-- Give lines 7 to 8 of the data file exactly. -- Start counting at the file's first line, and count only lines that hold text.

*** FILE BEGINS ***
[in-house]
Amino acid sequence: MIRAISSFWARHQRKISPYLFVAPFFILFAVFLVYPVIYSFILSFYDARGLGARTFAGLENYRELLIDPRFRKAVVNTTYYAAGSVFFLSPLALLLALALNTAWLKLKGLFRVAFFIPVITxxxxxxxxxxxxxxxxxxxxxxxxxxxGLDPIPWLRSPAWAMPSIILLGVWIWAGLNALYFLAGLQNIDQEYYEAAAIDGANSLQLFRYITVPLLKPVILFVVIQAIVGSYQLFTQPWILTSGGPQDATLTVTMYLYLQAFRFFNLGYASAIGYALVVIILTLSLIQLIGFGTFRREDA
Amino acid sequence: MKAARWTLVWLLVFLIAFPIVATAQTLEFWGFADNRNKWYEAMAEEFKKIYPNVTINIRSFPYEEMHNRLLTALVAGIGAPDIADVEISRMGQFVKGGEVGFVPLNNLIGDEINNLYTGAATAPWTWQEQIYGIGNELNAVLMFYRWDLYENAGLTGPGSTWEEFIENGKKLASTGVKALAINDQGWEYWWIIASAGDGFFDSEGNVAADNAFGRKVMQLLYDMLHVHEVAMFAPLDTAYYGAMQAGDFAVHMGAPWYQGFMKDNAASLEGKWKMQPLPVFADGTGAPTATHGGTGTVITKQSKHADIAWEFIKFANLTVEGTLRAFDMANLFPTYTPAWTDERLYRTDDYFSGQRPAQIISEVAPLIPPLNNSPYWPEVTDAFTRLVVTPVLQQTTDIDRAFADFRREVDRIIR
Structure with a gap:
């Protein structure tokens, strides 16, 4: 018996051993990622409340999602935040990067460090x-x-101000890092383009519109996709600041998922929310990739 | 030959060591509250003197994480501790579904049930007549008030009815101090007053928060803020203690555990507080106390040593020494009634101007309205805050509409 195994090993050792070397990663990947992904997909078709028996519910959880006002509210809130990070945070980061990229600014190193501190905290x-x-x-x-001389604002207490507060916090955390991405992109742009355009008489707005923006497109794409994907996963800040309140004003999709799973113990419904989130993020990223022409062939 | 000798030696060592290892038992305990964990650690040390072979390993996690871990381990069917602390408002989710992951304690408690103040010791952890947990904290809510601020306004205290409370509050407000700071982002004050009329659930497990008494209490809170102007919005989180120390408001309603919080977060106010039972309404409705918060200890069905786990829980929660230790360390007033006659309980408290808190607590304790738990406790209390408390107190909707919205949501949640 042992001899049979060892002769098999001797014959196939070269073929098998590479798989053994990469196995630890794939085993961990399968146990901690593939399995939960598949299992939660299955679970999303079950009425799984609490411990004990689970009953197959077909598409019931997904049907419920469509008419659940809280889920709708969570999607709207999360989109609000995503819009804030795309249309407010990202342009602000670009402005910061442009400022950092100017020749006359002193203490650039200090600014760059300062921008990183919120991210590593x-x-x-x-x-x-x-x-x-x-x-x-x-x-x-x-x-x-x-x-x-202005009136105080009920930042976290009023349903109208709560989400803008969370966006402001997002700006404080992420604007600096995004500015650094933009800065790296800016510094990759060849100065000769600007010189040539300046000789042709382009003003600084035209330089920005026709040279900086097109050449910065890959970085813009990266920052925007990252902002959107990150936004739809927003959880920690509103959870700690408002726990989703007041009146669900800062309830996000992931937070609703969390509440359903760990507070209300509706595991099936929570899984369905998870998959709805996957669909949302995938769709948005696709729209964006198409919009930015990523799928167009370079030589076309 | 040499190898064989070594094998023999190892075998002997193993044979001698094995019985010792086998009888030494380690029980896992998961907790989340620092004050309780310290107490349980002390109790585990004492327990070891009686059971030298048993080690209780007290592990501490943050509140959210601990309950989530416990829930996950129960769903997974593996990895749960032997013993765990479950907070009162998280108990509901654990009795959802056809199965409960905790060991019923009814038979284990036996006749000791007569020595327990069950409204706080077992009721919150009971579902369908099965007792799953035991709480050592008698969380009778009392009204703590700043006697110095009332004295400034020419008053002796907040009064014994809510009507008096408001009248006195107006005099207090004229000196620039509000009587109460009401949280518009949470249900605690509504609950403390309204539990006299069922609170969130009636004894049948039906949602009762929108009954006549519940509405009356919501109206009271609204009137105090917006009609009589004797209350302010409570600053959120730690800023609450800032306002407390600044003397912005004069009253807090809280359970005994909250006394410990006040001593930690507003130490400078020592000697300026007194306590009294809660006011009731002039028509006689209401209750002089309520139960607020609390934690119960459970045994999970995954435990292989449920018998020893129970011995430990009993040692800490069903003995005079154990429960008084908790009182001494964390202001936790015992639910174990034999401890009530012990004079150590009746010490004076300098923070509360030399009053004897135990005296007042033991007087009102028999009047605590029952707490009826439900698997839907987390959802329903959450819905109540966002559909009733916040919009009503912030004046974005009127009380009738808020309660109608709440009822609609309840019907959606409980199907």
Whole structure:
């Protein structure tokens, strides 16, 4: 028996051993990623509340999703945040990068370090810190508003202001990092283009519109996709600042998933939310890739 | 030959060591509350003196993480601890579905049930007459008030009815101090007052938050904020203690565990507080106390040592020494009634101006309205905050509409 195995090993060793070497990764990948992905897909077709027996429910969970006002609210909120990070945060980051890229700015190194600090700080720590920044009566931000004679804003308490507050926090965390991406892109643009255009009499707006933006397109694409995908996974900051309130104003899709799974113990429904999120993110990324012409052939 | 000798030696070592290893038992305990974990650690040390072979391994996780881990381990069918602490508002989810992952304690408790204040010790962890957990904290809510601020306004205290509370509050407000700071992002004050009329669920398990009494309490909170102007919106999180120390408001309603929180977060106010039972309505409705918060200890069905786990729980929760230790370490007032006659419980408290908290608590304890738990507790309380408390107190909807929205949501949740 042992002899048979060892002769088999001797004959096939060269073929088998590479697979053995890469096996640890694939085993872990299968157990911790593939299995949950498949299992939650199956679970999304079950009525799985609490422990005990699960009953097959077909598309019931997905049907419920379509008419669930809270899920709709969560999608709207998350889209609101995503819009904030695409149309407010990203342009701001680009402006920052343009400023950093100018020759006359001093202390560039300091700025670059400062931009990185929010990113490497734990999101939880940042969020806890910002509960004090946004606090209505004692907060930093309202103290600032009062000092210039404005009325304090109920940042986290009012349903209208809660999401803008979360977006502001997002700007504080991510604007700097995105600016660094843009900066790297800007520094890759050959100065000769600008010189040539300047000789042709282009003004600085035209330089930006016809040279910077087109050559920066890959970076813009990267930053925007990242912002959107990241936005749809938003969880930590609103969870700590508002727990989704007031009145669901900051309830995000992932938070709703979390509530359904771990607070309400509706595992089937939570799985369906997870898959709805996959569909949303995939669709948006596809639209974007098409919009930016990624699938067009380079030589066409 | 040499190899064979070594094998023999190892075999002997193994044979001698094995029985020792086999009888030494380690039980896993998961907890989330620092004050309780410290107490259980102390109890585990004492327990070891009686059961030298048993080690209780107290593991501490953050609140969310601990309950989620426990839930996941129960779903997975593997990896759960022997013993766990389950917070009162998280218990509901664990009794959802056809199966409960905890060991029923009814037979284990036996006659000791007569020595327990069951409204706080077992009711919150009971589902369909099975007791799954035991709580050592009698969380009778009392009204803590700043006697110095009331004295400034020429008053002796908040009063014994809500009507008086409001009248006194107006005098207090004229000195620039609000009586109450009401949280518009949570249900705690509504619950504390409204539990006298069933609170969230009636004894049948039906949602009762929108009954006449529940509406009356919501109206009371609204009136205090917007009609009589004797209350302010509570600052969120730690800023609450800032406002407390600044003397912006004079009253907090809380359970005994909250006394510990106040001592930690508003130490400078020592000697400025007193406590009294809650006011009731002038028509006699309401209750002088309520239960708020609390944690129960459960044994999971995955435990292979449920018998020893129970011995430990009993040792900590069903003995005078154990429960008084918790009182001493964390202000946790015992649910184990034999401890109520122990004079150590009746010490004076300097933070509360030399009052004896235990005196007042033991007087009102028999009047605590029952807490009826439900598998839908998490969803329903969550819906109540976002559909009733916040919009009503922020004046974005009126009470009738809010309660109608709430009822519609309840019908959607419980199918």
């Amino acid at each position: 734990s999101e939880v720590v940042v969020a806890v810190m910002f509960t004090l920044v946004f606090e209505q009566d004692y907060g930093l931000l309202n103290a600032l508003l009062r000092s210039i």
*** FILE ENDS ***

């Protein structure tokens, strides 16, 4: 028996051993990623509340999703945040990068370090810190508003202001990092283009519109996709600042998933939310890739 | 030959060591509350003196993480601890579905049930007459008030009815101090007052938050904020203690565990507080106390040592020494009634101006309205905050509409 195995090993060793070497990764990948992905897909077709027996429910969970006002609210909120990070945060980051890229700015190194600090700080720590920044009566931000004679804003308490507050926090965390991406892109643009255009009499707006933006397109694409995908996974900051309130104003899709799974113990429904999120993110990324012409052939 | 000798030696070592290893038992305990974990650690040390072979391994996780881990381990069918602490508002989810992952304690408790204040010790962890957990904290809510601020306004205290509370509050407000700071992002004050009329669920398990009494309490909170102007919106999180120390408001309603929180977060106010039972309505409705918060200890069905786990729980929760230790370490007032006659419980408290908290608590304890738990507790309380408390107190909807929205949501949740 042992002899048979060892002769088999001797004959096939060269073929088998590479697979053995890469096996640890694939085993872990299968157990911790593939299995949950498949299992939650199956679970999304079950009525799985609490422990005990699960009953097959077909598309019931997905049907419920379509008419669930809270899920709709969560999608709207998350889209609101995503819009904030695409149309407010990203342009701001680009402006920052343009400023950093100018020759006359001093202390560039300091700025670059400062931009990185929010990113490497734990999101939880940042969020806890910002509960004090946004606090209505004692907060930093309202103290600032009062000092210039404005009325304090109920940042986290009012349903209208809660999401803008979360977006502001997002700007504080991510604007700097995105600016660094843009900066790297800007520094890759050959100065000769600008010189040539300047000789042709282009003004600085035209330089930006016809040279910077087109050559920066890959970076813009990267930053925007990242912002959107990241936005749809938003969880930590609103969870700590508002727990989704007031009145669901900051309830995000992932938070709703979390509530359904771990607070309400509706595992089937939570799985369906997870898959709805996959569909949303995939669709948006596809639209974007098409919009930016990624699938067009380079030589066409 | 040499190899064979070594094998023999190892075999002997193994044979001698094995029985020792086999009888030494380690039980896993998961907890989330620092004050309780410290107490259980102390109890585990004492327990070891009686059961030298048993080690209780107290593991501490953050609140969310601990309950989620426990839930996941129960779903997975593997990896759960022997013993766990389950917070009162998280218990509901664990009794959802056809199966409960905890060991029923009814037979284990036996006659000791007569020595327990069951409204706080077992009711919150009971589902369909099975007791799954035991709580050592009698969380009778009392009204803590700043006697110095009331004295400034020429008053002796908040009063014994809500009507008086409001009248006194107006005098207090004229000195620039609000009586109450009401949280518009949570249900705690509504619950504390409204539990006298069933609170969230009636004894049948039906949602009762929108009954006449529940509406009356919501109206009371609204009136205090917007009609009589004797209350302010509570600052969120730690800023609450800032406002407390600044003397912006004079009253907090809380359970005994909250006394510990106040001592930690508003130490400078020592000697400025007193406590009294809650006011009731002038028509006699309401209750002088309520239960708020609390944690129960459960044994999971995955435990292979449920018998020893129970011995430990009993040792900590069903003995005078154990429960008084918790009182001493964390202000946790015992649910184990034999401890109520122990004079150590009746010490004076300097933070509360030399009052004896235990005196007042033991007087009102028999009047605590029952807490009826439900598998839908998490969803329903969550819906109540976002559909009733916040919009009503922020004046974005009126009470009738809010309660109608709430009822519609309840019908959607419980199918």
């Amino acid at each position: 734990s999101e939880v720590v940042v969020a806890v810190m910002f509960t004090l920044v946004f606090e209505q009566d004692y907060g930093l931000l309202n103290a600032l508003l009062r000092s210039i």